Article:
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Michael Denton Explains the Miracle of Your Heart

Image source: Discovery Institute.

The human heart was a wonder before humans knew much of anything scientifically or medically about it. It is the organ in our body most often turned into a metaphor: to “have a heart” (as distinguished from “having heart,” which means something different), “of pure heart,” “light of heart,” “a heart bursting with…,” and more. As we feel it working in our chest, it can tell us things before we register them consciously. Different kinds of palpitations may alert us to the presence of an enemy or predator, or before we realize it, that we are in love.

Now add to this the wonders revealed by science about this biological pump. A new video, “The Miracle of the Human Heart Explained by Biologist Michael Denton,” notes that if we live to be 80 years old, it will have beat 2 billion notes of life. Each beat, Dr. Denton points out, pumps a hundred billion red blood cells: “By the heart’s unceasing activity, it ensures a bountiful supply of oxygen to provide us with the vital energy of life.” No human invention can compare with it.

But there is still more that most people – probably most scientists – have never even considered, and that seals the case for the heart’s intelligent design. As Denton explains in his recent book, The Miracle of Man, nature was specially crafted — he calls it “prior fitness” — to make the work of the heart possible. Here, he mentions just three illustrations: the prior fitness of light, of water, and of transition metals. A proper accounting of nature’s prior fitness for human life would “fill many volumes.” This brief video gives only a hint of that. The Miracle of Man gives more than a hint. Learn about the miracle and share it with friends and family:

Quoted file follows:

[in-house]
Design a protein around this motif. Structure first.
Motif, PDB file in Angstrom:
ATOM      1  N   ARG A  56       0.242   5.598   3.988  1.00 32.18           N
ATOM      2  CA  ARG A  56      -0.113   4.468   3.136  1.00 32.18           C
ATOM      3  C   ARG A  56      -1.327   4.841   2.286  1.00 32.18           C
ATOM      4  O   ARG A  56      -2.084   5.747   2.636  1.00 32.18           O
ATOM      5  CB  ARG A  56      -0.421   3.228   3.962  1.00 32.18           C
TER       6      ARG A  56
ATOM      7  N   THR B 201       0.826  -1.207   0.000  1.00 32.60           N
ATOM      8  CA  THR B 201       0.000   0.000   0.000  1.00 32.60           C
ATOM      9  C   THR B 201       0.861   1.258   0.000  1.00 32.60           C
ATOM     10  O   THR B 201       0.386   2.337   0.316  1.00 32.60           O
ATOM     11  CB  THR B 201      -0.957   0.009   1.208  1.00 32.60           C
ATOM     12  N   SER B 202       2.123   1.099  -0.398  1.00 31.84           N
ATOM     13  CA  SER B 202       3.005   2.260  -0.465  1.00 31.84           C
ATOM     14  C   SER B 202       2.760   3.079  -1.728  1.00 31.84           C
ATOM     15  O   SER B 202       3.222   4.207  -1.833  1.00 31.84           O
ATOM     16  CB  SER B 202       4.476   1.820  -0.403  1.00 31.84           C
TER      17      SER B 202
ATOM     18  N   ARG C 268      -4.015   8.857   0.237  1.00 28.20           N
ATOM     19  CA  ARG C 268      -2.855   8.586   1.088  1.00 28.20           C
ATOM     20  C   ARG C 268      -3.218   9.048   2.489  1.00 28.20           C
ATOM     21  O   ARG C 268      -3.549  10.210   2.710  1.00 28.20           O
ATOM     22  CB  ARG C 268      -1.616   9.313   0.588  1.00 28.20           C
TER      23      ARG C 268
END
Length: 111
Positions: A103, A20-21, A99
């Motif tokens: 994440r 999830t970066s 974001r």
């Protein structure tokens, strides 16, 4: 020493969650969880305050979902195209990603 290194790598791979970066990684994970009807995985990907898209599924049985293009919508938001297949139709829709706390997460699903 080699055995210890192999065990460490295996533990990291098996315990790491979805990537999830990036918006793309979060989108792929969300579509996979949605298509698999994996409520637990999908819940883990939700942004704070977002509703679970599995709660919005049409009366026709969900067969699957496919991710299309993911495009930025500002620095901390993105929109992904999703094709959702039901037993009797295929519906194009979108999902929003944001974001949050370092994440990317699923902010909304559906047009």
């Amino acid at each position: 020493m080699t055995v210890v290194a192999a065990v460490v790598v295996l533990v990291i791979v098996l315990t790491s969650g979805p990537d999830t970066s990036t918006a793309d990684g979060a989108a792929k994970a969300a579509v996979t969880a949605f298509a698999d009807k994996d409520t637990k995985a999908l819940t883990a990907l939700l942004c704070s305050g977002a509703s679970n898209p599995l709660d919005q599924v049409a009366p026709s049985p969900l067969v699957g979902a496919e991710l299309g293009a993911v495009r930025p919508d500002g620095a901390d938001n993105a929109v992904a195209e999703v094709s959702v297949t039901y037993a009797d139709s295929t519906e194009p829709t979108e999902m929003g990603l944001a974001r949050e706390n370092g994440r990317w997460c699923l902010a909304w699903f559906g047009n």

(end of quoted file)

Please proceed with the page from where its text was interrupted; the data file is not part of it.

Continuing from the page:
David Klinghoffer

Senior Fellow and Editor, Evolution News
David Klinghoffer is a Senior Fellow at Discovery Institute and the editor of Evolution News & Science Today, the daily voice of Discovery Institute’s Center for Science & Culture, reporting on intelligent design, evolution, and the intersection of science and culture. Klinghoffer is also the author of six books, a former senior editor and literary editor at National Review magazine, and has written for the Los Angeles Times, New York Times, Wall Street Journal, Washington Post, Seattle Times, Commentary, and other publications. Born in Santa Monica, California, he graduated from Brown University in 1987 with an A.B. magna cum laude in comparative literature and religious studies. David lives near Seattle, Washington, with his wife and children.



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